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UA Little Rock receives grant to research covert online information campaigns

Dr. Nitin Agarwal, founding director of the Collaboratorium for Social Media and Online Behavioral Studies, will serve as principal investigator for UA Little Rock.
Lonnie Timmons III
UA Little Rock
Dr. Nitin Agarwal, founding director of the Collaboratorium for Social Media and Online Behavioral Studies, will serve as principal investigator for UA Little Rock.

The University of Arkansas at Little Rock’s Collaboratorium for Social Media and Online Behavioral Studies (COSMOS) has received a multi-year grant from a Department of Defense (DoD) initiative to study covert online information campaigns in the Indo-Pacific region, the school said.

The school will partner with Carnegie Mellon University, University of Regina, and The Atlantic Council on the five-year project, “Multi-Level Models of Covert Online Information Campaigns.”

Total funding for the project, which is headed by Dr. Kathleen Carley of Carnegie Mellon University (CMU), is about $5 million.

Dr. Nitin Agarwal, Jerry L. Maulden-Entergy endowed chair, distinguished professor of information science, and the founding director of COSMOS, will serve as principal investigator for UA Little Rock, which will receive $456,657 to study online information campaigns during elections, protests, and other major events in the Indo-Pacific region.

Influence campaigns are becoming more sophisticated as they are often well orchestrated, spread across multiple social media platforms, and conducted by humans, bots, and cyborg-like actors in a flash-mob style coordination manner. Agarwal defines influence campaigns as information designed and shared to sway public opinion or manipulate people’s beliefs and behaviors.

“Advanced tactics and maneuvers are used to amplify the messages,” Agarwal said. “For instance, narratives are framed in blogs and YouTube videos, which are then shared on Facebook, Twitter, WhatsApp, and other such platforms. Links to blog posts and YouTube videos are massively amplified using bots, which drive traffic to respective blog posts or YouTube videos. Traffic amplification further leads to the content being recommended more, which creates a feeding frenzy. Such a tactic is known as algorithmic manipulation.”

In this research project, COSMOS is studying similar tactics deployed in online covert influence campaigns concentrated on the Indo-Pacific region. COSMOS will use its programs, VTracker and BTracker, to collect information from YouTube and blogs. The data will be used to track a video or a blog post’s dissemination across multiple media platforms and their influence.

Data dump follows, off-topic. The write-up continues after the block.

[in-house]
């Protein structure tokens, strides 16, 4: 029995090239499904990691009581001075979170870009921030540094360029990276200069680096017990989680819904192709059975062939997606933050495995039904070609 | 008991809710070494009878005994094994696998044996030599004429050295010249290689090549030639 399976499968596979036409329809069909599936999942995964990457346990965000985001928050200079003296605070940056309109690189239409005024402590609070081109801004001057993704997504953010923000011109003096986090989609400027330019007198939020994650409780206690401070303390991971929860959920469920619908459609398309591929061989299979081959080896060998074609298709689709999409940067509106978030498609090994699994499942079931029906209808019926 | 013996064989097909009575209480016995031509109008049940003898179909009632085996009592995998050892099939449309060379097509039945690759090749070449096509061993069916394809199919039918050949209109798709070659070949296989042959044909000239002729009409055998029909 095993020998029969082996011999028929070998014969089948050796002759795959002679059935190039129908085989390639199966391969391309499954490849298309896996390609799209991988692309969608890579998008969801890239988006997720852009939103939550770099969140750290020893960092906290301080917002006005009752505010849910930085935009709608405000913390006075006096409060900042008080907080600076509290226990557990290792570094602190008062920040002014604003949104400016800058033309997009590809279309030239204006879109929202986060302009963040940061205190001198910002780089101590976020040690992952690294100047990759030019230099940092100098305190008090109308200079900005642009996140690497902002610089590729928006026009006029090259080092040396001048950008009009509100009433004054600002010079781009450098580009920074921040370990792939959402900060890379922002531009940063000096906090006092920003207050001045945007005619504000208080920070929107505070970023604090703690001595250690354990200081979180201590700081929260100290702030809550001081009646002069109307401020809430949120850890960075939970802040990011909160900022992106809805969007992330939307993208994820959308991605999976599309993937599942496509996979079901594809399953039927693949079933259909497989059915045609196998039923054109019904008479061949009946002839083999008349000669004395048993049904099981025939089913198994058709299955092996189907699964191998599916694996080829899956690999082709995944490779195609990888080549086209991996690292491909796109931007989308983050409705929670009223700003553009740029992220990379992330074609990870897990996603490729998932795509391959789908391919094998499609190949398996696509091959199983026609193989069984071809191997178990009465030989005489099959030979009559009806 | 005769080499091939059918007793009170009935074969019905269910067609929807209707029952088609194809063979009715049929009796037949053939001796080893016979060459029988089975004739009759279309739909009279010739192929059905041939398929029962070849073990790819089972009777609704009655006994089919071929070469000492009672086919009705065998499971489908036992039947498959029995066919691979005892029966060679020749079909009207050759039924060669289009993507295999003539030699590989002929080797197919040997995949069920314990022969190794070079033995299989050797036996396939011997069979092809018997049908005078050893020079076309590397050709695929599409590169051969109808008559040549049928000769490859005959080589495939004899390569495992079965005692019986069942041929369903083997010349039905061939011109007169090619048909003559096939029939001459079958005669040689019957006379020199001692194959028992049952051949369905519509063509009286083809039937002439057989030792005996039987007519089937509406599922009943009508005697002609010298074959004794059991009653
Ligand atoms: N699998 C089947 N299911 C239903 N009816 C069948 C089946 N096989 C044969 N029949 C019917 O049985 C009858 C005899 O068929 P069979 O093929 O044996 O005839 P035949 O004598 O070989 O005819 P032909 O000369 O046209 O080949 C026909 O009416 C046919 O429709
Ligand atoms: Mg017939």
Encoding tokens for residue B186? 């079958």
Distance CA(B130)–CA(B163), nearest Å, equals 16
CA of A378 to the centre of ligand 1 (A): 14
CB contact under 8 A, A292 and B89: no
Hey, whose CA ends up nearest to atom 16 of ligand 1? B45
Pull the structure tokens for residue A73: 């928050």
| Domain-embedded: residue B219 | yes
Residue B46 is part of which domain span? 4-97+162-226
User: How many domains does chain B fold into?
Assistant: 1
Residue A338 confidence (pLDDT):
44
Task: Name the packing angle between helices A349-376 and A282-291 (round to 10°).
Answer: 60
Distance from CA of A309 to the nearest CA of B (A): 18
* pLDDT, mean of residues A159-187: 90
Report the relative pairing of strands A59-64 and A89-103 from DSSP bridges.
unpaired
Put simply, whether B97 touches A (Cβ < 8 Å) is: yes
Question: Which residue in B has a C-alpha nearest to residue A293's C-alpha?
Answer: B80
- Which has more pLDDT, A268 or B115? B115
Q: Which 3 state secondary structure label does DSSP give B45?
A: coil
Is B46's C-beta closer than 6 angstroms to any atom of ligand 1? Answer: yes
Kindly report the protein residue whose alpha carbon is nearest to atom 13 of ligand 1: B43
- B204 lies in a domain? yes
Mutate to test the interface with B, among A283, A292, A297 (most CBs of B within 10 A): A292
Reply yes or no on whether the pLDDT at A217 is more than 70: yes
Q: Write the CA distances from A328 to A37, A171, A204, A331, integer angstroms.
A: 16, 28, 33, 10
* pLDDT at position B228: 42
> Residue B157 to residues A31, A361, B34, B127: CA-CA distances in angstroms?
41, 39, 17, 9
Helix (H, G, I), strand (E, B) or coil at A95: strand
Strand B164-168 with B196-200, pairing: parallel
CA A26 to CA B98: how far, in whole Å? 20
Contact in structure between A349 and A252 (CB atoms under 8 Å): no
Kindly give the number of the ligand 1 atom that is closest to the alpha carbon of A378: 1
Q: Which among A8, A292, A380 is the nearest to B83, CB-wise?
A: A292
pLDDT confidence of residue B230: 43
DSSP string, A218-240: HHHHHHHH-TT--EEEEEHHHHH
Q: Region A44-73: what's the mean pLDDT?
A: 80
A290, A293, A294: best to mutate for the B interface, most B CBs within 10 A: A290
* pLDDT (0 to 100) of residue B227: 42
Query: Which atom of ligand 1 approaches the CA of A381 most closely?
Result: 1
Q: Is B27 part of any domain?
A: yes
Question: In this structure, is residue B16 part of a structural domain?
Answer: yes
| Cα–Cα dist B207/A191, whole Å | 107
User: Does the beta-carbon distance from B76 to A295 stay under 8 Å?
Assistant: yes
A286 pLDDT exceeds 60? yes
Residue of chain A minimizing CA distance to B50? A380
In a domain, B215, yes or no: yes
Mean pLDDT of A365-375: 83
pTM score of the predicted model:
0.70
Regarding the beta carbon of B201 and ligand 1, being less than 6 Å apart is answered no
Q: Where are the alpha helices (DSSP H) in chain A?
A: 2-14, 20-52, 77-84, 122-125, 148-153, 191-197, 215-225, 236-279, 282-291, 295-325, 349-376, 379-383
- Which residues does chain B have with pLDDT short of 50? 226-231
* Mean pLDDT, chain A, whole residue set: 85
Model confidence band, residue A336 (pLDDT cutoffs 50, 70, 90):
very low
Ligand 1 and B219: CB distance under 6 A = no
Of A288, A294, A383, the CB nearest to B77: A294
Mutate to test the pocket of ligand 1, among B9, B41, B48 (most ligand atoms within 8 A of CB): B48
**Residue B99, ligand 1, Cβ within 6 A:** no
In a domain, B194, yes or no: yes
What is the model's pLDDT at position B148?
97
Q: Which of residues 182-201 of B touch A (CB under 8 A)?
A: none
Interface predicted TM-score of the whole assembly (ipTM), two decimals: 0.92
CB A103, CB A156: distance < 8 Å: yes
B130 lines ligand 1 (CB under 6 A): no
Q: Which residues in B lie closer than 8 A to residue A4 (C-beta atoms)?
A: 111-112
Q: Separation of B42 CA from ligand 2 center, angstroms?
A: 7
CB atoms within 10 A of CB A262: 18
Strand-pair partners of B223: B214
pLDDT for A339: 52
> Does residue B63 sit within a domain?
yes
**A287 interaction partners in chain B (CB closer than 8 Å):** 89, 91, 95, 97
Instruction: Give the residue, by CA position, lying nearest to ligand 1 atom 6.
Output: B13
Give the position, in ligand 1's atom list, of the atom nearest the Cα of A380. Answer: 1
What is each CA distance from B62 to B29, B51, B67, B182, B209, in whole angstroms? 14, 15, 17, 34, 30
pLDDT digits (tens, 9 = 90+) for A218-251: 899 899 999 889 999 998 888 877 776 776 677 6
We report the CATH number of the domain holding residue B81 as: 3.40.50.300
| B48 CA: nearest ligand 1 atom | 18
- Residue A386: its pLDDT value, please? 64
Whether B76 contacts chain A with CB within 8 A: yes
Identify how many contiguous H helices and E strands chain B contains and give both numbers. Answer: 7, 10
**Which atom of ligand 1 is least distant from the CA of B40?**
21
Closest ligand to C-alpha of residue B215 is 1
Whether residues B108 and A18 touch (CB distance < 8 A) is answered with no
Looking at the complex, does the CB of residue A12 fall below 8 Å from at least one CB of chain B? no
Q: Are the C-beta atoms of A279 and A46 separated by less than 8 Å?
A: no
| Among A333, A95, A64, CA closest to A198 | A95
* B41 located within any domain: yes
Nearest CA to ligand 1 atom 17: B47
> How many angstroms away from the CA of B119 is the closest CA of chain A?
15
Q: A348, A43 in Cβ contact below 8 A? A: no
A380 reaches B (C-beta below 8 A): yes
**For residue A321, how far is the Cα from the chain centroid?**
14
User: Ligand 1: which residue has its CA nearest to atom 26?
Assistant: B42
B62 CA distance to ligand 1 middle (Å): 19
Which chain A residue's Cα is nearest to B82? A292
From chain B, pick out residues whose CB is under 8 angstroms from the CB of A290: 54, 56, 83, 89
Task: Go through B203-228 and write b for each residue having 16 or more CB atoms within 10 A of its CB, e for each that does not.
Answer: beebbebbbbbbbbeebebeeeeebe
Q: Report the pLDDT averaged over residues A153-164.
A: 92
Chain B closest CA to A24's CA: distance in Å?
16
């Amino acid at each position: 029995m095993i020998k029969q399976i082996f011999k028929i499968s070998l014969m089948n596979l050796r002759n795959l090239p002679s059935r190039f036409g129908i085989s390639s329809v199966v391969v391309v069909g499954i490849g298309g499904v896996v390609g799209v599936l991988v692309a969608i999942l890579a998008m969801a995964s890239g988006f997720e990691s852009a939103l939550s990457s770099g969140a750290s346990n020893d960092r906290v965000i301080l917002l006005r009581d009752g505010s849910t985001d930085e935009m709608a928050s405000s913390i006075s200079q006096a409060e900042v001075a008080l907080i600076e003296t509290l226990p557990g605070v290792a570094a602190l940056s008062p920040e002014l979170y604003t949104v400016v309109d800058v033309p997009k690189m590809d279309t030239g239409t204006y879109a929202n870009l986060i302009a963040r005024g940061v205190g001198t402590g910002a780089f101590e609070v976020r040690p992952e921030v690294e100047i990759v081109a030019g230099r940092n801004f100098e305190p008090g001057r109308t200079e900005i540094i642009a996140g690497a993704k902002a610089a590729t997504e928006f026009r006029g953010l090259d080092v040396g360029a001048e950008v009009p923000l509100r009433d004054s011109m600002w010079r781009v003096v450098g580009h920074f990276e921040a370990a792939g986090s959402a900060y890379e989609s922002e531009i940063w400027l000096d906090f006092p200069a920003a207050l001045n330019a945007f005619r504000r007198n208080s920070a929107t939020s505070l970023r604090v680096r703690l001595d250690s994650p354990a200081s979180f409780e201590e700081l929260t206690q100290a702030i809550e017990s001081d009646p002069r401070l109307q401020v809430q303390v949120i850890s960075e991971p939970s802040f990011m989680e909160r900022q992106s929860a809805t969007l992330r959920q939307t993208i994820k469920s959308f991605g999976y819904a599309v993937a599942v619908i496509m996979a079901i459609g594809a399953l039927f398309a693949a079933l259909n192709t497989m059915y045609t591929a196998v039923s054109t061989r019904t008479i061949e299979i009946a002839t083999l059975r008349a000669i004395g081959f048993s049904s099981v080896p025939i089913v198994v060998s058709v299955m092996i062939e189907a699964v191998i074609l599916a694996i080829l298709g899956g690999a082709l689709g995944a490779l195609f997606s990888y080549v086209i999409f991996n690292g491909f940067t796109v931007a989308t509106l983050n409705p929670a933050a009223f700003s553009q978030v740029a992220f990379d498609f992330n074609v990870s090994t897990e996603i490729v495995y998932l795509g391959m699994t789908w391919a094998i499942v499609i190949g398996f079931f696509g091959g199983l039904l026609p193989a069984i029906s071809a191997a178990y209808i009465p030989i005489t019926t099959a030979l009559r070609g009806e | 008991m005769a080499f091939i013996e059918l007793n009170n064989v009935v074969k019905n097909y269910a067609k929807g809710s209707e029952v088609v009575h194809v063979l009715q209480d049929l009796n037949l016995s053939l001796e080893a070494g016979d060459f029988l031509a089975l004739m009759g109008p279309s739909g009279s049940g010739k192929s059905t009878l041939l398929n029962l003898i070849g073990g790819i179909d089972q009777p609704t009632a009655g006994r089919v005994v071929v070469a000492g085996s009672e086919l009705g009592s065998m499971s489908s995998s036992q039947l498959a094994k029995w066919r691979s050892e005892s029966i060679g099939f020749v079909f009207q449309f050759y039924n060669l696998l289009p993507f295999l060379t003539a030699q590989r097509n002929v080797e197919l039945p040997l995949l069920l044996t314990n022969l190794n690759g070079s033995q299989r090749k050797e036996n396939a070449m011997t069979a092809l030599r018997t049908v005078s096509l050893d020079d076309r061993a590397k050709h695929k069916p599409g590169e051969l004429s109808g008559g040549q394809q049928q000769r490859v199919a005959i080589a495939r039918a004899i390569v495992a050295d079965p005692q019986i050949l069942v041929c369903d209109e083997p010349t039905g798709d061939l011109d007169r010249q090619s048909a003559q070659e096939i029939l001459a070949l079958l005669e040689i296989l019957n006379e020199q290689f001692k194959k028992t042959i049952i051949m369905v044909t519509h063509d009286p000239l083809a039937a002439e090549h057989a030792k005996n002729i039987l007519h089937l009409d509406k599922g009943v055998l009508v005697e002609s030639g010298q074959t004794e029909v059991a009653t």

Some of the narratives that COSMOS researchers are tracking online include:

  • Efforts to increase Chinese social, economic, political, and cultural hegemony in the Indo-Pacific region;
  • Efforts to undermine U.S. leadership in the South China Sea and the Indo-Pacific region;
  • U.S. military efforts in the Indo-Pacific region is meant to create a war with China and Russia;
  • Countries in Southeast Asia must rise with China to find alternatives against America’s primacy in Asia; and
  • The Rohingya, a stateless Muslim minority in Myanmar’s Rakhine State, are secretly U.S. proxies or Saudi-backed ISIS militants.

“This will help in identifying key actors, key groups, coordination strategies, and tactics indicating coordinated content engagement boosting, such as ‘spiked’ views, likes, commenter mobs, etc.,” Agarwal said. “Aside from the social network theory-based analysis, we will study the content captured from YouTube, blogs, Reddit, and other social media platforms to assess inflammatory speech and text that evoke certain emotions using tonality/toxicity assessment.”
Since 2009, COSMOS has received more than $15 million in funding from the DoD to conduct research.

This story comes from the staff of Talk Business & Politics, a content partner with KUAR News. You can hear the weekly program on Mondays at 6:06 p.m.